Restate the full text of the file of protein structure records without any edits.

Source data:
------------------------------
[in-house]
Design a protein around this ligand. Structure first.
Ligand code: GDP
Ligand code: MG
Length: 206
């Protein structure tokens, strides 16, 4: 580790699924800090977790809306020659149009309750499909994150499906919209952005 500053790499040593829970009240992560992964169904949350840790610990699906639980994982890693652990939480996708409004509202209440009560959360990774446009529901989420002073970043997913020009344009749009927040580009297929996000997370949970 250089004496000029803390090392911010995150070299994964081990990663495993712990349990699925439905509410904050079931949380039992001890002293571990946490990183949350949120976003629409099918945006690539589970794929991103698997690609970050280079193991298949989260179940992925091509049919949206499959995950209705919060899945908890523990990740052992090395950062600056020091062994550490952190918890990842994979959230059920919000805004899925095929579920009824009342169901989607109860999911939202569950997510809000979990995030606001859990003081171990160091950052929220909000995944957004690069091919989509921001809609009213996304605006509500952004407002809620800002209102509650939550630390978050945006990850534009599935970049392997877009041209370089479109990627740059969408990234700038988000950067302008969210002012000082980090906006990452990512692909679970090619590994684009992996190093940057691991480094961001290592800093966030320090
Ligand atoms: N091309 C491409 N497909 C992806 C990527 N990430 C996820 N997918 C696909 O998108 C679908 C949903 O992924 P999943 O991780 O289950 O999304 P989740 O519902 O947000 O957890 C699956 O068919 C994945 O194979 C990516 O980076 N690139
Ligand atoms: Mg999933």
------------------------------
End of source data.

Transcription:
[in-house]
Design a protein around this ligand. Structure first.
Ligand code: GDP
Ligand code: MG
Length: 206
């Protein structure tokens, strides 16, 4: 580790699924800090977790809306020659149009309750499909994150499906919209952005 500053790499040593829970009240992560992964169904949350840790610990699906639980994982890693652990939480996708409004509202209440009560959360990774446009529901989420002073970043997913020009344009749009927040580009297929996000997370949970 250089004496000029803390090392911010995150070299994964081990990663495993712990349990699925439905509410904050079931949380039992001890002293571990946490990183949350949120976003629409099918945006690539589970794929991103698997690609970050280079193991298949989260179940992925091509049919949206499959995950209705919060899945908890523990990740052992090395950062600056020091062994550490952190918890990842994979959230059920919000805004899925095929579920009824009342169901989607109860999911939202569950997510809000979990995030606001859990003081171990160091950052929220909000995944957004690069091919989509921001809609009213996304605006509500952004407002809620800002209102509650939550630390978050945006990850534009599935970049392997877009041209370089479109990627740059969408990234700038988000950067302008969210002012000082980090906006990452990512692909679970090619590994684009992996190093940057691991480094961001290592800093966030320090
Ligand atoms: N091309 C491409 N497909 C992806 C990527 N990430 C996820 N997918 C696909 O998108 C679908 C949903 O992924 P999943 O991780 O289950 O999304 P989740 O519902 O947000 O957890 C699956 O068919 C994945 O194979 C990516 O980076 N690139
Ligand atoms: Mg999933």